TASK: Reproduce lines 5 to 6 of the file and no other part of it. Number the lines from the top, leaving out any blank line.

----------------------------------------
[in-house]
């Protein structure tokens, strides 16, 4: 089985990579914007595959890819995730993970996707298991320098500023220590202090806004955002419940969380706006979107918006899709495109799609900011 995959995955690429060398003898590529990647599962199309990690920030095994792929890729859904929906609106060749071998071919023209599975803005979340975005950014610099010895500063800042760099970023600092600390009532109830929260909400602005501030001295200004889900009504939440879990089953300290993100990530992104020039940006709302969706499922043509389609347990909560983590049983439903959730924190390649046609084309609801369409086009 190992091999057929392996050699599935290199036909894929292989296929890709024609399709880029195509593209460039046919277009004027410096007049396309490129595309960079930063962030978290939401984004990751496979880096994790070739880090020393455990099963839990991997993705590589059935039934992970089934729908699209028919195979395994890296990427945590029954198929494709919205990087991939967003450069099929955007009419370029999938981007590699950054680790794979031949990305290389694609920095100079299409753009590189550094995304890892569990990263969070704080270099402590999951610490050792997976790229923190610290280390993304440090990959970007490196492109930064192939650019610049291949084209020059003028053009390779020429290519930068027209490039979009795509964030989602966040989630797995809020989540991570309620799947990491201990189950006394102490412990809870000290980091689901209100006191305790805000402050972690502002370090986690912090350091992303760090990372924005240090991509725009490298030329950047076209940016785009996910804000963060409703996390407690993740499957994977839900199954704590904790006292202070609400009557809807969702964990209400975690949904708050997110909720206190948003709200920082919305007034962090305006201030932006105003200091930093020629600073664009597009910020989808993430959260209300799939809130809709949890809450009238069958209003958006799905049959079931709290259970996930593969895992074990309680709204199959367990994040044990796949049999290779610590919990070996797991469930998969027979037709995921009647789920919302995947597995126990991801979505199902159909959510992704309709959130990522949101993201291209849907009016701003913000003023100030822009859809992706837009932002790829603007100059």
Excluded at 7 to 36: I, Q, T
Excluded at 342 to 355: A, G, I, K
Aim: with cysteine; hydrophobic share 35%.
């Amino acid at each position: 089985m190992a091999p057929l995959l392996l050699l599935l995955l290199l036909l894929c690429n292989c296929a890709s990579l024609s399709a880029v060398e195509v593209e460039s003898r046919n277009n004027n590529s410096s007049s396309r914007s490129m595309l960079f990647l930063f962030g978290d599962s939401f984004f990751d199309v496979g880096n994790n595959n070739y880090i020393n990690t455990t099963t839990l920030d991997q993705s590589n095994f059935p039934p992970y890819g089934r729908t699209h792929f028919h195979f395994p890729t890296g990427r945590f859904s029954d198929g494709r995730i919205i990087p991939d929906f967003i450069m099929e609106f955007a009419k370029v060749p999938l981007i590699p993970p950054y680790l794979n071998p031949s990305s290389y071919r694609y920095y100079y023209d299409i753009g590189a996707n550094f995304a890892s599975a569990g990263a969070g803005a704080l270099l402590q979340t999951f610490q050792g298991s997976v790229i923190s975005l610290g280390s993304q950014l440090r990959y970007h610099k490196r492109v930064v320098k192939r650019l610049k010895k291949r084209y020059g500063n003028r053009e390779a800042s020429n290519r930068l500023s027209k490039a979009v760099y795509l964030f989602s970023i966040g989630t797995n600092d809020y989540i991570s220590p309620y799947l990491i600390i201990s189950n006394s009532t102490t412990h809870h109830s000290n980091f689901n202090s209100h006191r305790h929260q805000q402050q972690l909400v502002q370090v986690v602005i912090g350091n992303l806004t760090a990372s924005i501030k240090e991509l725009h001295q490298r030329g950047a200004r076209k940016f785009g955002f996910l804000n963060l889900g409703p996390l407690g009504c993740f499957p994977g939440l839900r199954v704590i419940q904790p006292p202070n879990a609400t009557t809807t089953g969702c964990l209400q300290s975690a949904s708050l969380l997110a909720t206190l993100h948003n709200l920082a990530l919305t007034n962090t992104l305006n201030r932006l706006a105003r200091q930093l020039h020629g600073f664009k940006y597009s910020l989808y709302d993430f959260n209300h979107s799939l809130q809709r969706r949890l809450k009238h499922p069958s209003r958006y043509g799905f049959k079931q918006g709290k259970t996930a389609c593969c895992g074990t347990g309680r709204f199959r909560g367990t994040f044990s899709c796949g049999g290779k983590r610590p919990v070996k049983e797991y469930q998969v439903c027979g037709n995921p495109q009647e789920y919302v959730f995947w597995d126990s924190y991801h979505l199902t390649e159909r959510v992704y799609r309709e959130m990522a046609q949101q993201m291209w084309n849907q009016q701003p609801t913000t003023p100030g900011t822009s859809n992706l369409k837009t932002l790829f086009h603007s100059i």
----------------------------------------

Aim: with cysteine; hydrophobic share 35%.
């Amino acid at each position: 089985m190992a091999p057929l995959l392996l050699l599935l995955l290199l036909l894929c690429n292989c296929a890709s990579l024609s399709a880029v060398e195509v593209e460039s003898r046919n277009n004027n590529s410096s007049s396309r914007s490129m595309l960079f990647l930063f962030g978290d599962s939401f984004f990751d199309v496979g880096n994790n595959n070739y880090i020393n990690t455990t099963t839990l920030d991997q993705s590589n095994f059935p039934p992970y890819g089934r729908t699209h792929f028919h195979f395994p890729t890296g990427r945590f859904s029954d198929g494709r995730i919205i990087p991939d929906f967003i450069m099929e609106f955007a009419k370029v060749p999938l981007i590699p993970p950054y680790l794979n071998p031949s990305s290389y071919r694609y920095y100079y023209d299409i753009g590189a996707n550094f995304a890892s599975a569990g990263a969070g803005a704080l270099l402590q979340t999951f610490q050792g298991s997976v790229i923190s975005l610290g280390s993304q950014l440090r990959y970007h610099k490196r492109v930064v320098k192939r650019l610049k010895k291949r084209y020059g500063n003028r053009e390779a800042s020429n290519r930068l500023s027209k490039a979009v760099y795509l964030f989602s970023i966040g989630t797995n600092d809020y989540i991570s220590p309620y799947l990491i600390i201990s189950n006394s009532t102490t412990h809870h109830s000290n980091f689901n202090s209100h006191r305790h929260q805000q402050q972690l909400v502002q370090v986690v602005i912090g350091n992303l806004t760090a990372s924005i501030k240090e991509l725009h001295q490298r030329g950047a200004r076209k940016f785009g955002f996910l804000n963060l889900g409703p996390l407690g009504c993740f499957p994977g939440l839900r199954v704590i419940q904790p006292p202070n879990a609400t009557t809807t089953g969702c964990l209400q300290s975690a949904s708050l969380l997110a909720t206190l993100h948003n709200l920082a990530l919305t007034n962090t992104l305006n201030r932006l706006a105003r200091q930093l020039h020629g600073f664009k940006y597009s910020l989808y709302d993430f959260n209300h979107s799939l809130q809709r969706r949890l809450k009238h499922p069958s209003r958006y043509g799905f049959k079931q918006g709290k259970t996930a389609c593969c895992g074990t347990g309680r709204f199959r909560g367990t994040f044990s899709c796949g049999g290779k983590r610590p919990v070996k049983e797991y469930q998969v439903c027979g037709n995921p495109q009647e789920y919302v959730f995947w597995d126990s924190y991801h979505l199902t390649e159909r959510v992704y799609r309709e959130m990522a046609q949101q993201m291209w084309n849907q009016q701003p609801t913000t003023p100030g900011t822009s859809n992706l369409k837009t932002l790829f086009h603007s100059i």